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Car and Driver: Snow-par: Fiat-Chrysler’s Mopar Parts Division Offering Winter-Tire Packages Through Dealers

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2014 Jeep Cherokee Limited 4x4

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We promise that we’re not shills for Big Tire, what with our constant pushing of the benefits of winter tires. There simply isn’t any denying that winter tires enhance vehicle control and safety when temperatures fall below 45 degrees. Even all-season tires’ performance deteriorates at lower temperatures, whereas winter-specific rubber compounds maintain grip in the dry and winter tires’ tread patterns help grip in snow and ice. We fit all of our long-term test cars (and personal vehicles) with winter tires. So it’s good news to us that Fiat-Chrysler’s Mopar parts division is releasing winter-tire packages for several vehicles, with more being added in the future.
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Mopar Winter tireTo us, Mopar’s new winter-tire kit, which come mounted and balanced (including tire-pressure sensors) on sweet steel wheels, are something of a revelation. While it’s somewhat common in Snow Belt states for individual dealers to offer winter-tire packages, not to mention tire retailers, a full-line automaker officially offering sets through its parts catalog—and across its entire dealer network—is certainly uncommon. In fact, in our digging, the only similar offerings we could find are from Audi and Tesla Motors. In the former’s case, Audi customers can order Dunlop winter tires (fitted to factory Audi rims) as a dealer accessory, with prices ranging from $2300–$3300 per set of four. Tesla Model S buyers have the option to buy a set of 19-inch wheels wrapped in Pirelli Sottozero winter tires through service and sales centers. The price is a bit steep at $2500, but the tires (roughly $250 a pop retail) come mounted to factory Tesla wheels and complete with tire-pressure sensors and Tesla wheel caps.

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Mopar’s winter-tire packages, on the other hand, come with plain old steel wheels. That’s okay to us—we dig steelies’ look—but it might be a bit utilitarian for regular consumers. One thing everyone can agree on, however, is price, and the lower the better. This is where Mopar’s packages really impress, with per-wheel costs ranging from $242 to $292. That puts the final tally for a set of winter wheels and tires at just $1168 before installation at the high end. Not only that, but Mopar will offer the choice of tires from brands like Bridgestone, Goodyear, Yokohama, Pirelli, BF Goodrich, Michelin, Continental, and “many more.” Mopar further claims that more than 1100 fitments are offered, with packages available for the Dodge Caravan, Dodge Charger, Chrysler Town & Country, Chrysler 300, Chrysler 200, and Jeep Cherokee.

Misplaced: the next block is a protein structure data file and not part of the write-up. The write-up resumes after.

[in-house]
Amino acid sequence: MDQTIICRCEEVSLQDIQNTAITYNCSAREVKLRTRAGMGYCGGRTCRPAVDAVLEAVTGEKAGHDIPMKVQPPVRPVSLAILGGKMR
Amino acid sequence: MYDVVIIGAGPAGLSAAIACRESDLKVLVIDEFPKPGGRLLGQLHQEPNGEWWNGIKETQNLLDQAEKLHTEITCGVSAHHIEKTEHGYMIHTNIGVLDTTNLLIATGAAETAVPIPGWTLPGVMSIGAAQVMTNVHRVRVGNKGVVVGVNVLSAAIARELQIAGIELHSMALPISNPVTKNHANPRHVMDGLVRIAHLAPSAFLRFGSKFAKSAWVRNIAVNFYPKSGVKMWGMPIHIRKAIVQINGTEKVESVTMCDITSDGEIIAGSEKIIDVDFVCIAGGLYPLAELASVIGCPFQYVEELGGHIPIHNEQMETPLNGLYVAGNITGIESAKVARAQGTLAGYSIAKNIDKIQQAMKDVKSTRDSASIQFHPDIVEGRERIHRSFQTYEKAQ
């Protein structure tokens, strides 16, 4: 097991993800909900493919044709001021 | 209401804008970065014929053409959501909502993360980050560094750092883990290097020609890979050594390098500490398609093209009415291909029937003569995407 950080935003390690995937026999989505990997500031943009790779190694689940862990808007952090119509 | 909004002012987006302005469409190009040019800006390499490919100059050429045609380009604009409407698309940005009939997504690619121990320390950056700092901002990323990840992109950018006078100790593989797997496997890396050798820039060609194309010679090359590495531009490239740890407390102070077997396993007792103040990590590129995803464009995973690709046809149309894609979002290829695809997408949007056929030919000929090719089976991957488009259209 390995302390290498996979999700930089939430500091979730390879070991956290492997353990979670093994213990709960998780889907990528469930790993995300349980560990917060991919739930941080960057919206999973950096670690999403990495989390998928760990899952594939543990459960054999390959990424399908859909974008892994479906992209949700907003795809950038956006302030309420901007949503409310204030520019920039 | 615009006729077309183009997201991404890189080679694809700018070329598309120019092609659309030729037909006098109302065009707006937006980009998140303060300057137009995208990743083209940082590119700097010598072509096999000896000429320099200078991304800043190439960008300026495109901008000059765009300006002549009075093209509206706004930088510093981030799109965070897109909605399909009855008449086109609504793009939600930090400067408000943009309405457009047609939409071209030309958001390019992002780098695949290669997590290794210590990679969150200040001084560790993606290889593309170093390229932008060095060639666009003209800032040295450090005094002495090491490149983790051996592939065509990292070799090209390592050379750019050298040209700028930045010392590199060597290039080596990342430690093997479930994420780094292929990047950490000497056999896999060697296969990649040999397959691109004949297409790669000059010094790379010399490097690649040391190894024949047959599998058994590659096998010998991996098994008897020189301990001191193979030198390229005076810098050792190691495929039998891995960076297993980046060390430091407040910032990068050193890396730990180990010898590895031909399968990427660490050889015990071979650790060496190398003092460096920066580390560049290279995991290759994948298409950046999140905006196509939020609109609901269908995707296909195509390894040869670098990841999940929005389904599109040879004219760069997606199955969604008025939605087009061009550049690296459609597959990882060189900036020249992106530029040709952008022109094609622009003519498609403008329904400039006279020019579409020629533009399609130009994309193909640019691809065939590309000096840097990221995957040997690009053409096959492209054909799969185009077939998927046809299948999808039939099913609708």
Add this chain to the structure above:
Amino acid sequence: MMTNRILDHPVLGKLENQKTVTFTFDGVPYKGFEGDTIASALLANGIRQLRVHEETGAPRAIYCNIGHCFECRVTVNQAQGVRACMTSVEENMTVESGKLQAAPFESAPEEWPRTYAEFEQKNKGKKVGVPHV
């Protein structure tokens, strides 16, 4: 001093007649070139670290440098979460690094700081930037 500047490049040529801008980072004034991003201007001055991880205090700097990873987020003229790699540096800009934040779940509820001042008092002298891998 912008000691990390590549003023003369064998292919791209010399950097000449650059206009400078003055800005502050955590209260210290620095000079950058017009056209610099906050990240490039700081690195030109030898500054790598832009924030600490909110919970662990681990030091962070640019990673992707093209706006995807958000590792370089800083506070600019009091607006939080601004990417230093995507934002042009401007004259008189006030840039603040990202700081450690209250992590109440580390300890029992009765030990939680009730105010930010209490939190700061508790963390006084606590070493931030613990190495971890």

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For the sake of comparison, we tricked out a set of 17-inch steel wheels with tire-pressure-monitoring sensors and Bridgestone Blizzak tires for a 2015 Jeep Cherokee on Tire Rack’s website and ended up with a $240.20 per-tire cost, or $960.80 total—right in line with the Mopar packages’ middle ground. (For reference, Tire Rack’s least-expensive steel-wheel and winter tire grouping for the Cherokee, with tire-pressure sensors, runs $223.52 per corner, while the priciest runs $271.30.) While this should be a wake-up call to owners of relevant Fiat-Chrysler products that an easy, affordable route to safer winter driving is a mere phone call to their dealer away, we’d like to take this opportunity to remind owners of any vehicle that winter tires are easily sourced. Still not convinced that outfitting your car with winter tires is a good idea? Our latest winter-tire test can help explain the pitfalls of all-season and especially summer tires in conditions cold, wet, snowy, icy, and any combination thereof.

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Quebec requires certified winter tires by law. Most dealerships offer winter tire deals with the sale of a new car ... and naturally any car sold in winter must already be shod with them.

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